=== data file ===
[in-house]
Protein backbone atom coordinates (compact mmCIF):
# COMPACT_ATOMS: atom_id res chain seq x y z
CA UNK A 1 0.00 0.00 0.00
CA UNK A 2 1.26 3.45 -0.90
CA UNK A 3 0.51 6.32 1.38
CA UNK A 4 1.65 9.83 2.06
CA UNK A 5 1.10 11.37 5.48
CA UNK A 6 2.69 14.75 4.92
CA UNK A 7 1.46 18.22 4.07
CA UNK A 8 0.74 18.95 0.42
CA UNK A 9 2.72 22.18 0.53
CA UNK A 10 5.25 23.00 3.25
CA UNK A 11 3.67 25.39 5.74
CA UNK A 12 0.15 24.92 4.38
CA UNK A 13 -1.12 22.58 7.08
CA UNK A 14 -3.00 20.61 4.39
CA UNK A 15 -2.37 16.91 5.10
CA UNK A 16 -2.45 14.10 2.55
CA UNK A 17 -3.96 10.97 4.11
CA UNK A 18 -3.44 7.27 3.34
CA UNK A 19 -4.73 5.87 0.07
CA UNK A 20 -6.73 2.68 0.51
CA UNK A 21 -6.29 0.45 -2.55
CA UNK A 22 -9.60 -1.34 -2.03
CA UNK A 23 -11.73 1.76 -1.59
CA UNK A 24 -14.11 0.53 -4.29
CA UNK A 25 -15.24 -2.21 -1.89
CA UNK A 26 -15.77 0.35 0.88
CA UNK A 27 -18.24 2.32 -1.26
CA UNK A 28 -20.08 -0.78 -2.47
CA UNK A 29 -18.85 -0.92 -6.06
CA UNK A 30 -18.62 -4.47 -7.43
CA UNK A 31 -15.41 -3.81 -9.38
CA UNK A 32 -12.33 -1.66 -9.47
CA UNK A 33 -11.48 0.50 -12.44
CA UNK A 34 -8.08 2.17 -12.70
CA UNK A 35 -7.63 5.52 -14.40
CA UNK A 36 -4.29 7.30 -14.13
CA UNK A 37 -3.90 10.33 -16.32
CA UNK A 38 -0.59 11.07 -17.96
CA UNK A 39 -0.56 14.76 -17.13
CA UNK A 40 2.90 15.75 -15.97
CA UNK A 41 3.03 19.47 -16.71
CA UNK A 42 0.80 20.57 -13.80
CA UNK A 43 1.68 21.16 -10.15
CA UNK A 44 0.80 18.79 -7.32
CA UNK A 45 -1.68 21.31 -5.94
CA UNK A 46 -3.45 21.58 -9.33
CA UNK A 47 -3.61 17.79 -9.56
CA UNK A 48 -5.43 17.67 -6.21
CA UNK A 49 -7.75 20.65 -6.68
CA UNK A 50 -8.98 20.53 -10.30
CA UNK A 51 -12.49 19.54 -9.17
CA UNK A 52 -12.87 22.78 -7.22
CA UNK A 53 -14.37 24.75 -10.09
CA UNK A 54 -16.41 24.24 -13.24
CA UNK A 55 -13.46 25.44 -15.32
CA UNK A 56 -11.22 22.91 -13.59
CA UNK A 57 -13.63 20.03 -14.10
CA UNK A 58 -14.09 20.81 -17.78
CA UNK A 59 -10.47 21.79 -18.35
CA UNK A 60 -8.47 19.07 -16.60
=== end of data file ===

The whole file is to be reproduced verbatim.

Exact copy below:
[in-house]
Protein backbone atom coordinates (compact mmCIF):
# COMPACT_ATOMS: atom_id res chain seq x y z
CA UNK A 1 0.00 0.00 0.00
CA UNK A 2 1.26 3.45 -0.90
CA UNK A 3 0.51 6.32 1.38
CA UNK A 4 1.65 9.83 2.06
CA UNK A 5 1.10 11.37 5.48
CA UNK A 6 2.69 14.75 4.92
CA UNK A 7 1.46 18.22 4.07
CA UNK A 8 0.74 18.95 0.42
CA UNK A 9 2.72 22.18 0.53
CA UNK A 10 5.25 23.00 3.25
CA UNK A 11 3.67 25.39 5.74
CA UNK A 12 0.15 24.92 4.38
CA UNK A 13 -1.12 22.58 7.08
CA UNK A 14 -3.00 20.61 4.39
CA UNK A 15 -2.37 16.91 5.10
CA UNK A 16 -2.45 14.10 2.55
CA UNK A 17 -3.96 10.97 4.11
CA UNK A 18 -3.44 7.27 3.34
CA UNK A 19 -4.73 5.87 0.07
CA UNK A 20 -6.73 2.68 0.51
CA UNK A 21 -6.29 0.45 -2.55
CA UNK A 22 -9.60 -1.34 -2.03
CA UNK A 23 -11.73 1.76 -1.59
CA UNK A 24 -14.11 0.53 -4.29
CA UNK A 25 -15.24 -2.21 -1.89
CA UNK A 26 -15.77 0.35 0.88
CA UNK A 27 -18.24 2.32 -1.26
CA UNK A 28 -20.08 -0.78 -2.47
CA UNK A 29 -18.85 -0.92 -6.06
CA UNK A 30 -18.62 -4.47 -7.43
CA UNK A 31 -15.41 -3.81 -9.38
CA UNK A 32 -12.33 -1.66 -9.47
CA UNK A 33 -11.48 0.50 -12.44
CA UNK A 34 -8.08 2.17 -12.70
CA UNK A 35 -7.63 5.52 -14.40
CA UNK A 36 -4.29 7.30 -14.13
CA UNK A 37 -3.90 10.33 -16.32
CA UNK A 38 -0.59 11.07 -17.96
CA UNK A 39 -0.56 14.76 -17.13
CA UNK A 40 2.90 15.75 -15.97
CA UNK A 41 3.03 19.47 -16.71
CA UNK A 42 0.80 20.57 -13.80
CA UNK A 43 1.68 21.16 -10.15
CA UNK A 44 0.80 18.79 -7.32
CA UNK A 45 -1.68 21.31 -5.94
CA UNK A 46 -3.45 21.58 -9.33
CA UNK A 47 -3.61 17.79 -9.56
CA UNK A 48 -5.43 17.67 -6.21
CA UNK A 49 -7.75 20.65 -6.68
CA UNK A 50 -8.98 20.53 -10.30
CA UNK A 51 -12.49 19.54 -9.17
CA UNK A 52 -12.87 22.78 -7.22
CA UNK A 53 -14.37 24.75 -10.09
CA UNK A 54 -16.41 24.24 -13.24
CA UNK A 55 -13.46 25.44 -15.32
CA UNK A 56 -11.22 22.91 -13.59
CA UNK A 57 -13.63 20.03 -14.10
CA UNK A 58 -14.09 20.81 -17.78
CA UNK A 59 -10.47 21.79 -18.35
CA UNK A 60 -8.47 19.07 -16.60